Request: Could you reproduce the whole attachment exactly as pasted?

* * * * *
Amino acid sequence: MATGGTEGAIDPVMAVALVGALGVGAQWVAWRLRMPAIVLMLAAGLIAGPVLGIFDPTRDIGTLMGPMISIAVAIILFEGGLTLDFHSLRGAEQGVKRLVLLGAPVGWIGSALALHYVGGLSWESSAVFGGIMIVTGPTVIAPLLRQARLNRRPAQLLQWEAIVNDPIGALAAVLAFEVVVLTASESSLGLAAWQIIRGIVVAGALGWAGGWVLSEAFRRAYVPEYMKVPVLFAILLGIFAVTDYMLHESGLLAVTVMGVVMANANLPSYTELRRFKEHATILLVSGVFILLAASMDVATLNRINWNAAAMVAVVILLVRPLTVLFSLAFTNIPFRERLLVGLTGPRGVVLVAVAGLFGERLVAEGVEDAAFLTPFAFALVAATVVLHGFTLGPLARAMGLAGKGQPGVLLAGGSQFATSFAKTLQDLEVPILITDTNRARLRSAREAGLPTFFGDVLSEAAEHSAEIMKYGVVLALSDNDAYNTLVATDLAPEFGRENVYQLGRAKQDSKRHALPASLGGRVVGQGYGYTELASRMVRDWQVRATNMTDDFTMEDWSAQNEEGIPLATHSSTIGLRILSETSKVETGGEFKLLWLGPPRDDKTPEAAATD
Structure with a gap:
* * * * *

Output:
Amino acid sequence: MATGGTEGAIDPVMAVALVGALGVGAQWVAWRLRMPAIVLMLAAGLIAGPVLGIFDPTRDIGTLMGPMISIAVAIILFEGGLTLDFHSLRGAEQGVKRLVLLGAPVGWIGSALALHYVGGLSWESSAVFGGIMIVTGPTVIAPLLRQARLNRRPAQLLQWEAIVNDPIGALAAVLAFEVVVLTASESSLGLAAWQIIRGIVVAGALGWAGGWVLSEAFRRAYVPEYMKVPVLFAILLGIFAVTDYMLHESGLLAVTVMGVVMANANLPSYTELRRFKEHATILLVSGVFILLAASMDVATLNRINWNAAAMVAVVILLVRPLTVLFSLAFTNIPFRERLLVGLTGPRGVVLVAVAGLFGERLVAEGVEDAAFLTPFAFALVAATVVLHGFTLGPLARAMGLAGKGQPGVLLAGGSQFATSFAKTLQDLEVPILITDTNRARLRSAREAGLPTFFGDVLSEAAEHSAEIMKYGVVLALSDNDAYNTLVATDLAPEFGRENVYQLGRAKQDSKRHALPASLGGRVVGQGYGYTELASRMVRDWQVRATNMTDDFTMEDWSAQNEEGIPLATHSSTIGLRILSETSKVETGGEFKLLWLGPPRDDKTPEAAATD
Structure with a gap: